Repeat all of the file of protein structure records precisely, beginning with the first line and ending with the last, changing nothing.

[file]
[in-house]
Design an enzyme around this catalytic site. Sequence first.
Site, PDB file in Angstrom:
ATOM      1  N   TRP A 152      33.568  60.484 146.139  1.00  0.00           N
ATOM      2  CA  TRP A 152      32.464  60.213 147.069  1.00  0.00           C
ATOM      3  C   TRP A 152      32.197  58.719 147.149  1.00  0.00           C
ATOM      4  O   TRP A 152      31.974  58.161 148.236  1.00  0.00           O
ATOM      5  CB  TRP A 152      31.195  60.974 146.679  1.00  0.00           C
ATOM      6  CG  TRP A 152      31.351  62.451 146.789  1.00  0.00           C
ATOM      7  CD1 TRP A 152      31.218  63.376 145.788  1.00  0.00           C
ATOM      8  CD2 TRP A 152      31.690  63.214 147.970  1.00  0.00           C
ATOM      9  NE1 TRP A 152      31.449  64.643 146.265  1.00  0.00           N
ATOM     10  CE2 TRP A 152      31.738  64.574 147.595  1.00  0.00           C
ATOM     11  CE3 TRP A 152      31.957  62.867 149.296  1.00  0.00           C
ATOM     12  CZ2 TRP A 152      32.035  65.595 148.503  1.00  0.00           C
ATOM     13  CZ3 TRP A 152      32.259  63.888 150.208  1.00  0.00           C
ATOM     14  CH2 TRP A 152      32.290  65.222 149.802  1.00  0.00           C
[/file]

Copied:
[in-house]
Design an enzyme around this catalytic site. Sequence first.
Site, PDB file in Angstrom:
ATOM      1  N   TRP A 152      33.568  60.484 146.139  1.00  0.00           N
ATOM      2  CA  TRP A 152      32.464  60.213 147.069  1.00  0.00           C
ATOM      3  C   TRP A 152      32.197  58.719 147.149  1.00  0.00           C
ATOM      4  O   TRP A 152      31.974  58.161 148.236  1.00  0.00           O
ATOM      5  CB  TRP A 152      31.195  60.974 146.679  1.00  0.00           C
ATOM      6  CG  TRP A 152      31.351  62.451 146.789  1.00  0.00           C
ATOM      7  CD1 TRP A 152      31.218  63.376 145.788  1.00  0.00           C
ATOM      8  CD2 TRP A 152      31.690  63.214 147.970  1.00  0.00           C
ATOM      9  NE1 TRP A 152      31.449  64.643 146.265  1.00  0.00           N
ATOM     10  CE2 TRP A 152      31.738  64.574 147.595  1.00  0.00           C
ATOM     11  CE3 TRP A 152      31.957  62.867 149.296  1.00  0.00           C
ATOM     12  CZ2 TRP A 152      32.035  65.595 148.503  1.00  0.00           C
ATOM     13  CZ3 TRP A 152      32.259  63.888 150.208  1.00  0.00           C
ATOM     14  CH2 TRP A 152      32.290  65.222 149.802  1.00  0.00           C